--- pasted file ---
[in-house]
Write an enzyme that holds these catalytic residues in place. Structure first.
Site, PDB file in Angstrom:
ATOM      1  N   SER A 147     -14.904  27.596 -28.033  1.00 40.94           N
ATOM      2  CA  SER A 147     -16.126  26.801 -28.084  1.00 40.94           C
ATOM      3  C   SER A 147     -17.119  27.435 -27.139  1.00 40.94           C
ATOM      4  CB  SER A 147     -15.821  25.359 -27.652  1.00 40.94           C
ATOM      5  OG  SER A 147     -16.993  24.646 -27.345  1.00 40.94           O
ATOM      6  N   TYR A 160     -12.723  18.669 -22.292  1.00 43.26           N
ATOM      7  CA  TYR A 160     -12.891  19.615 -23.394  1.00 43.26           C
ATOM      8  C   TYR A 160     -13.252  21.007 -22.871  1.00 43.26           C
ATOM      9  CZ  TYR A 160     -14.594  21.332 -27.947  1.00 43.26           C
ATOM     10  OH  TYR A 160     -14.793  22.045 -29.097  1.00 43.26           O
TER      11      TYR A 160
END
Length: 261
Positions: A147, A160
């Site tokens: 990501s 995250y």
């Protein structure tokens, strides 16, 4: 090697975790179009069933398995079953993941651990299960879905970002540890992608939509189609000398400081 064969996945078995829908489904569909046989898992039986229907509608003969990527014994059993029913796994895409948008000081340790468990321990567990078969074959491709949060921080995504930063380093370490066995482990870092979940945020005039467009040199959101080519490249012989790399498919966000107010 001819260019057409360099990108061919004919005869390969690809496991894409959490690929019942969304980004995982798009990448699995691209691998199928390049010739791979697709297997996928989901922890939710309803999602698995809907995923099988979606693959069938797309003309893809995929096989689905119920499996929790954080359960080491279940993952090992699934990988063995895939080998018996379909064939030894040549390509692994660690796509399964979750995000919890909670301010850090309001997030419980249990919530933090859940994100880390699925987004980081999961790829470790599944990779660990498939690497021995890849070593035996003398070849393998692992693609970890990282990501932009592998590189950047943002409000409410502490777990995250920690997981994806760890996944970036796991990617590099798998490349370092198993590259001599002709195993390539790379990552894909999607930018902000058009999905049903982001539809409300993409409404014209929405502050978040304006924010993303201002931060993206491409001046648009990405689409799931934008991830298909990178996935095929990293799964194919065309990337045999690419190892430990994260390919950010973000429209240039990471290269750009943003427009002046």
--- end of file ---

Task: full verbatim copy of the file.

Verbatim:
[in-house]
Write an enzyme that holds these catalytic residues in place. Structure first.
Site, PDB file in Angstrom:
ATOM      1  N   SER A 147     -14.904  27.596 -28.033  1.00 40.94           N
ATOM      2  CA  SER A 147     -16.126  26.801 -28.084  1.00 40.94           C
ATOM      3  C   SER A 147     -17.119  27.435 -27.139  1.00 40.94           C
ATOM      4  CB  SER A 147     -15.821  25.359 -27.652  1.00 40.94           C
ATOM      5  OG  SER A 147     -16.993  24.646 -27.345  1.00 40.94           O
ATOM      6  N   TYR A 160     -12.723  18.669 -22.292  1.00 43.26           N
ATOM      7  CA  TYR A 160     -12.891  19.615 -23.394  1.00 43.26           C
ATOM      8  C   TYR A 160     -13.252  21.007 -22.871  1.00 43.26           C
ATOM      9  CZ  TYR A 160     -14.594  21.332 -27.947  1.00 43.26           C
ATOM     10  OH  TYR A 160     -14.793  22.045 -29.097  1.00 43.26           O
TER      11      TYR A 160
END
Length: 261
Positions: A147, A160
């Site tokens: 990501s 995250y």
């Protein structure tokens, strides 16, 4: 090697975790179009069933398995079953993941651990299960879905970002540890992608939509189609000398400081 064969996945078995829908489904569909046989898992039986229907509608003969990527014994059993029913796994895409948008000081340790468990321990567990078969074959491709949060921080995504930063380093370490066995482990870092979940945020005039467009040199959101080519490249012989790399498919966000107010 001819260019057409360099990108061919004919005869390969690809496991894409959490690929019942969304980004995982798009990448699995691209691998199928390049010739791979697709297997996928989901922890939710309803999602698995809907995923099988979606693959069938797309003309893809995929096989689905119920499996929790954080359960080491279940993952090992699934990988063995895939080998018996379909064939030894040549390509692994660690796509399964979750995000919890909670301010850090309001997030419980249990919530933090859940994100880390699925987004980081999961790829470790599944990779660990498939690497021995890849070593035996003398070849393998692992693609970890990282990501932009592998590189950047943002409000409410502490777990995250920690997981994806760890996944970036796991990617590099798998490349370092198993590259001599002709195993390539790379990552894909999607930018902000058009999905049903982001539809409300993409409404014209929405502050978040304006924010993303201002931060993206491409001046648009990405689409799931934008991830298909990178996935095929990293799964194919065309990337045999690419190892430990994260390919950010973000429209240039990471290269750009943003427009002046």